Dr. Xiao-Yang Zhao was born in 1980, in Southwest China. He received his PhD degree in Developmental Biology from Institute of Zoology, Chinese Academic of Sciences in 2010. After that, he was recommended and awarded to be the Young Principal of Investigator of IOZ, CAS. Dr. Xiao-Yang Zhao and colleagues found that some iPS cells failed to generate iPS mice by tetraploid complementation. However, when their nuclei were transferred to enucleated oocytes, cloned animals could be generated. This combination of using iPS cells from transgenic animals and nuclear transfer technologies will accelerate studies of transgenesis in non-rodent animals, specifically in agriculturally important species.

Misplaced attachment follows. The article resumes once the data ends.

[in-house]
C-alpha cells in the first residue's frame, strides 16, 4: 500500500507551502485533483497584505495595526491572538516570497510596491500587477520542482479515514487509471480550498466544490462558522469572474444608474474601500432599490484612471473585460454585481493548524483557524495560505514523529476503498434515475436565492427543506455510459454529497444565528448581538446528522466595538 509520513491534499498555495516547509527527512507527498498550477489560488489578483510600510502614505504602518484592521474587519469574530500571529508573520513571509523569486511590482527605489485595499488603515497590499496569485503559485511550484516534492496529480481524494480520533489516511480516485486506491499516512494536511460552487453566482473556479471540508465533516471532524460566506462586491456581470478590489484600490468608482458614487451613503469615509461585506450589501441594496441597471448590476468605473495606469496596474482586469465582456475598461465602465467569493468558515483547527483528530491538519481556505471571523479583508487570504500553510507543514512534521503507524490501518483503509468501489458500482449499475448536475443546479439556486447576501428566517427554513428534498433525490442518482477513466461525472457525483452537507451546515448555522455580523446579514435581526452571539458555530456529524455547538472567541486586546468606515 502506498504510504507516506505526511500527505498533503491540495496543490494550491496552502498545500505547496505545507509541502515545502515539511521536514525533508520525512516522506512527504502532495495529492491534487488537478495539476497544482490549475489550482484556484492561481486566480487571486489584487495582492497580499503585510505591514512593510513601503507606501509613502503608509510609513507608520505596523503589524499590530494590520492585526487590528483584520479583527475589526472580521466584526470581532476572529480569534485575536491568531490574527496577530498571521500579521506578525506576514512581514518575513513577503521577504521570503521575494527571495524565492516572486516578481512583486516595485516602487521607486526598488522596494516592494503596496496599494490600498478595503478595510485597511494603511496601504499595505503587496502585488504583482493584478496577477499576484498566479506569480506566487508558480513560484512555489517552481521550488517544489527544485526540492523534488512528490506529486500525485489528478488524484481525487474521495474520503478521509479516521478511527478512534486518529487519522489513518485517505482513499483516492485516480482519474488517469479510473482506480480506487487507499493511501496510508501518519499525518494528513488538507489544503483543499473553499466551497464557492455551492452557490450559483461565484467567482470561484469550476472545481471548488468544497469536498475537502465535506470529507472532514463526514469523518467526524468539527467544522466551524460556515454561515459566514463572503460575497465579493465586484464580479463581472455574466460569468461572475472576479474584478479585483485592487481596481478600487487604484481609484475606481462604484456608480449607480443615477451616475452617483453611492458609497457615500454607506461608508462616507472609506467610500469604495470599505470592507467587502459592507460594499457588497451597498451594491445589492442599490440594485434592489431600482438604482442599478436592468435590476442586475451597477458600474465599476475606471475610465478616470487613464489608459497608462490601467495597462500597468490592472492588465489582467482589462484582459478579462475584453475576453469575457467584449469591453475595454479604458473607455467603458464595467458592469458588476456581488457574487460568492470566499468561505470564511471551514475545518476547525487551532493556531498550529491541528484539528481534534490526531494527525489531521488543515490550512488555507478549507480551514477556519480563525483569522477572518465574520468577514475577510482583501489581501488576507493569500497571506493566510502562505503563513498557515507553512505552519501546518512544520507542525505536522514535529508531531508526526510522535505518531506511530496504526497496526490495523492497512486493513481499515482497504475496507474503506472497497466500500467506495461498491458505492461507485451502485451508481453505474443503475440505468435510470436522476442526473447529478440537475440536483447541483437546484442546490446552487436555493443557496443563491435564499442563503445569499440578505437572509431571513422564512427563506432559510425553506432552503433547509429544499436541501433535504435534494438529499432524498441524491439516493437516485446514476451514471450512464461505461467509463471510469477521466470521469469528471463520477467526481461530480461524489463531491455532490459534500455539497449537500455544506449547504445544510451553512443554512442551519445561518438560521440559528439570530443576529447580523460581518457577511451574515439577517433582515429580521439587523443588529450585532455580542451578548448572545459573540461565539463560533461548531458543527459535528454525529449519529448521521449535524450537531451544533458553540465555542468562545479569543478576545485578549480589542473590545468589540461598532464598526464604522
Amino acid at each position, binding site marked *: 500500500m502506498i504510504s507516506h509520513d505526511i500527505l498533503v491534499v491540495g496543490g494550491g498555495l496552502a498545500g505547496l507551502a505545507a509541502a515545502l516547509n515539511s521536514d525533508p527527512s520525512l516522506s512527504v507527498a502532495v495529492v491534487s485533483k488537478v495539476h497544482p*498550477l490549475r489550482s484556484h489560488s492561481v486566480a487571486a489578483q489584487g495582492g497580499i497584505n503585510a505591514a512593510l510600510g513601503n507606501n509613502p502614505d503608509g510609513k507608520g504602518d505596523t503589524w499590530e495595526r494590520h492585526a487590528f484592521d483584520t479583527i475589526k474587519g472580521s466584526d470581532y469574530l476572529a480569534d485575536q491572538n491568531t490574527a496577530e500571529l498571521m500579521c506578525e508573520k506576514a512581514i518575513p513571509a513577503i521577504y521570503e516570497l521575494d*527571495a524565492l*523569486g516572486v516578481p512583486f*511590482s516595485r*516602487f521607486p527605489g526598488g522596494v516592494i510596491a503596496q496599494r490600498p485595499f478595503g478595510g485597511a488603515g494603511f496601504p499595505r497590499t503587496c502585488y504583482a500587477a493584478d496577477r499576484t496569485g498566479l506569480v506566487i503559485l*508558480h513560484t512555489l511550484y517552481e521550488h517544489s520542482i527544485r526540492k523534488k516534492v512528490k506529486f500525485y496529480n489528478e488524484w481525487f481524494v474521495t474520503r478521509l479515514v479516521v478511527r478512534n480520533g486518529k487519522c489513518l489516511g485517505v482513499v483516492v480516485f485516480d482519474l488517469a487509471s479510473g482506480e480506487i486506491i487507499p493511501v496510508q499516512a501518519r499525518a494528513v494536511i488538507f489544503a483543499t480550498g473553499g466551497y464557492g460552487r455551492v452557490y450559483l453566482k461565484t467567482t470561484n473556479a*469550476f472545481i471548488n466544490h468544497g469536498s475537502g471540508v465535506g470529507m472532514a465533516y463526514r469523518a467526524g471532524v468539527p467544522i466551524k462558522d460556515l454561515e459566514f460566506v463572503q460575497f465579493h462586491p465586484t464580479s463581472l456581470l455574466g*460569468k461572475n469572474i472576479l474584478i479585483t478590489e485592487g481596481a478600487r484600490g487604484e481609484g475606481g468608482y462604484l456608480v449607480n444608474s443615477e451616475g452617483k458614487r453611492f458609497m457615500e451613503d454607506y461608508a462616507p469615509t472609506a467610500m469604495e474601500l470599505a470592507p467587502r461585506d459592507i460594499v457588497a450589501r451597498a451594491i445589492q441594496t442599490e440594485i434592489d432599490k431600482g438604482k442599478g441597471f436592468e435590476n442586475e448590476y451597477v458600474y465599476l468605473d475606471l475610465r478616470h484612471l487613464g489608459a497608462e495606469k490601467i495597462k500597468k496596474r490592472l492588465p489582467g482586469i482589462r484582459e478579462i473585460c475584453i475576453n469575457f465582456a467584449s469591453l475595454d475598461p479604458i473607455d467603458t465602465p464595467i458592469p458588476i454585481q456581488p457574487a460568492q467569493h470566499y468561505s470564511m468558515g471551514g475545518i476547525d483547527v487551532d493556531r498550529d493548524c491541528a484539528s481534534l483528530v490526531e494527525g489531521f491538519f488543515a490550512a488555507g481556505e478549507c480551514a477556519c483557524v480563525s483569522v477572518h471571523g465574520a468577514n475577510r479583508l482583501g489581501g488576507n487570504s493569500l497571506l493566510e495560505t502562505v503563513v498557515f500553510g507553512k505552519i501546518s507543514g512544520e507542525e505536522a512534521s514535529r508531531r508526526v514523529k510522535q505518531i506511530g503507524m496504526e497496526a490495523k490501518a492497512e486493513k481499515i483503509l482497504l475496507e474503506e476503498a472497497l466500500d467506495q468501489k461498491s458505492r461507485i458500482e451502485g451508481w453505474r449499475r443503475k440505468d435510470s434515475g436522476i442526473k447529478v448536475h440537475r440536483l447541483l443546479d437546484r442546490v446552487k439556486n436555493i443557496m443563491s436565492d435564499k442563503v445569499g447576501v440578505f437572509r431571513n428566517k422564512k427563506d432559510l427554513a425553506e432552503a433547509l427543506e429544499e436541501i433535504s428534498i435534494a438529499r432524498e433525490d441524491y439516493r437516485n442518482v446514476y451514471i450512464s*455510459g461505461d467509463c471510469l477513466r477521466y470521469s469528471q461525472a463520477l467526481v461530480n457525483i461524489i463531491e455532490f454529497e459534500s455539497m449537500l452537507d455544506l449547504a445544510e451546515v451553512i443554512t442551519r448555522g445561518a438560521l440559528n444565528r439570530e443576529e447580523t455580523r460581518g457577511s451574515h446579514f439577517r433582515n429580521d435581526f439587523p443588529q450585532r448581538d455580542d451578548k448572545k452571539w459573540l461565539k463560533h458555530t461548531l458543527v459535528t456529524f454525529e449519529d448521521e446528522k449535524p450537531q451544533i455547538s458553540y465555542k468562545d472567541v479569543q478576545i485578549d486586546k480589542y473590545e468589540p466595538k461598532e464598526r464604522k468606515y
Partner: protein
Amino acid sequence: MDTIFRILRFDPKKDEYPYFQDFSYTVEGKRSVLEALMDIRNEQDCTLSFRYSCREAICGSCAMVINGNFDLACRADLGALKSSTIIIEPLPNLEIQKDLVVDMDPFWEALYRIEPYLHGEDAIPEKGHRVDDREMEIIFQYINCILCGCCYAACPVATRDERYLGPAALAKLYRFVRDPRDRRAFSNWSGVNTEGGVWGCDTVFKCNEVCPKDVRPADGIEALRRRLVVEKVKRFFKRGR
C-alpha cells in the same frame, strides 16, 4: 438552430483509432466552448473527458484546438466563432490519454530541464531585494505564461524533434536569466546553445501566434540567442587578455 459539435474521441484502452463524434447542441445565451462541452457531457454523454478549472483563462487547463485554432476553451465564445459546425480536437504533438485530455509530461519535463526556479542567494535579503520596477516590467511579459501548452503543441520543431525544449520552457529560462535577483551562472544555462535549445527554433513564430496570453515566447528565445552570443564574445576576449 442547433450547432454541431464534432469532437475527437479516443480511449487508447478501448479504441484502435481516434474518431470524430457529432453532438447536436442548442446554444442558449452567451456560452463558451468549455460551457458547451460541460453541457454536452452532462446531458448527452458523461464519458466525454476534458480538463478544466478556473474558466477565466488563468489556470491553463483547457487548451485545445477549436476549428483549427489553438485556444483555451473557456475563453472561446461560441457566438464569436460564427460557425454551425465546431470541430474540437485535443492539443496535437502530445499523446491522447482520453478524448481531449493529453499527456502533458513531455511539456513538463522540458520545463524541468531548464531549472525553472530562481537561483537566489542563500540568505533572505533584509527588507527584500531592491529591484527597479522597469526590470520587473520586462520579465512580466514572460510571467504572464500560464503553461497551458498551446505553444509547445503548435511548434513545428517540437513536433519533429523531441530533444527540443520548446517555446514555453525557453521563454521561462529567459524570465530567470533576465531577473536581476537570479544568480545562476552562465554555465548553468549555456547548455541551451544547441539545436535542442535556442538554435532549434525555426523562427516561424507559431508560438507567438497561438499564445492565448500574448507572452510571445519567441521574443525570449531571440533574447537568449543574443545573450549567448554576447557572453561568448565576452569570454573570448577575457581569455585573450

Award committee:

Dr. Thom Saunders, Univ. Michigan, Ann Arbor, MI, USA, Vice-President of ISTT, Chair
Prof. Francis Stewart, Biotechnologisches Zentrum, TU Dresden, Germany, ISTT Prize award 2010
Prof. Brigid Hogan, Duke University, Durham, NC, USA, ISTT Prize award 2008
Dr. Lisa Aronov, inGenious Targeting Laboratory, ISTT Young Investigator Award Sponsor

Dr. Xiao-Yang Zhao will attend the 10th Transgenic Technology (TT2011) meeting where he will deliver a short talk summarizing his scientific achievements that led him to receive this 1st ISTT Young Investigator Award, sponsored by inGenious Targeting Laboratory.

ISTT Young Investigator Award

ISTT Young Investigator Award

Transgenic Rat Nantes Meeting, 6 June 2011

Monday, May 16th, 2011
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Transgenic Rat Nantes meeting, 6 June 2011

Transgenic Rat Nantes meeting, 6 June 2011